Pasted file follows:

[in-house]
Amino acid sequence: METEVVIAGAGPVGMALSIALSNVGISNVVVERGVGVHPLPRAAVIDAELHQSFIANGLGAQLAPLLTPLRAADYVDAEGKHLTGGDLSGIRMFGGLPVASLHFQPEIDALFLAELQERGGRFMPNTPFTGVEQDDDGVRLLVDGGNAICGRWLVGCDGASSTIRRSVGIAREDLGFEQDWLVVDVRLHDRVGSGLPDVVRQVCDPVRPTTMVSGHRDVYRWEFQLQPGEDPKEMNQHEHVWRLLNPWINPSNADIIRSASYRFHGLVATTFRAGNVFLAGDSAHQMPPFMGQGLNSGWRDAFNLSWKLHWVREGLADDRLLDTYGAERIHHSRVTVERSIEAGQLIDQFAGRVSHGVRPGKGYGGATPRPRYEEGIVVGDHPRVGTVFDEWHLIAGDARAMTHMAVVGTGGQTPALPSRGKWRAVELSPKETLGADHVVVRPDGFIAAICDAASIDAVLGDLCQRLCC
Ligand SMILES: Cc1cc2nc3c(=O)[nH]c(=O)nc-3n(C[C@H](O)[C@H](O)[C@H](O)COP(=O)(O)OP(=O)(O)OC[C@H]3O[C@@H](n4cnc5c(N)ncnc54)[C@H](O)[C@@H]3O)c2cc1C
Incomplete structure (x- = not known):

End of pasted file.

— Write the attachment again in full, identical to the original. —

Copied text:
[in-house]
Amino acid sequence: METEVVIAGAGPVGMALSIALSNVGISNVVVERGVGVHPLPRAAVIDAELHQSFIANGLGAQLAPLLTPLRAADYVDAEGKHLTGGDLSGIRMFGGLPVASLHFQPEIDALFLAELQERGGRFMPNTPFTGVEQDDDGVRLLVDGGNAICGRWLVGCDGASSTIRRSVGIAREDLGFEQDWLVVDVRLHDRVGSGLPDVVRQVCDPVRPTTMVSGHRDVYRWEFQLQPGEDPKEMNQHEHVWRLLNPWINPSNADIIRSASYRFHGLVATTFRAGNVFLAGDSAHQMPPFMGQGLNSGWRDAFNLSWKLHWVREGLADDRLLDTYGAERIHHSRVTVERSIEAGQLIDQFAGRVSHGVRPGKGYGGATPRPRYEEGIVVGDHPRVGTVFDEWHLIAGDARAMTHMAVVGTGGQTPALPSRGKWRAVELSPKETLGADHVVVRPDGFIAAICDAASIDAVLGDLCQRLCC
Ligand SMILES: Cc1cc2nc3c(=O)[nH]c(=O)nc-3n(C[C@H](O)[C@H](O)[C@H](O)COP(=O)(O)OP(=O)(O)OC[C@H]3O[C@@H](n4cnc5c(N)ncnc54)[C@H](O)[C@@H]3O)c2cc1C
Incomplete structure (x- = not known):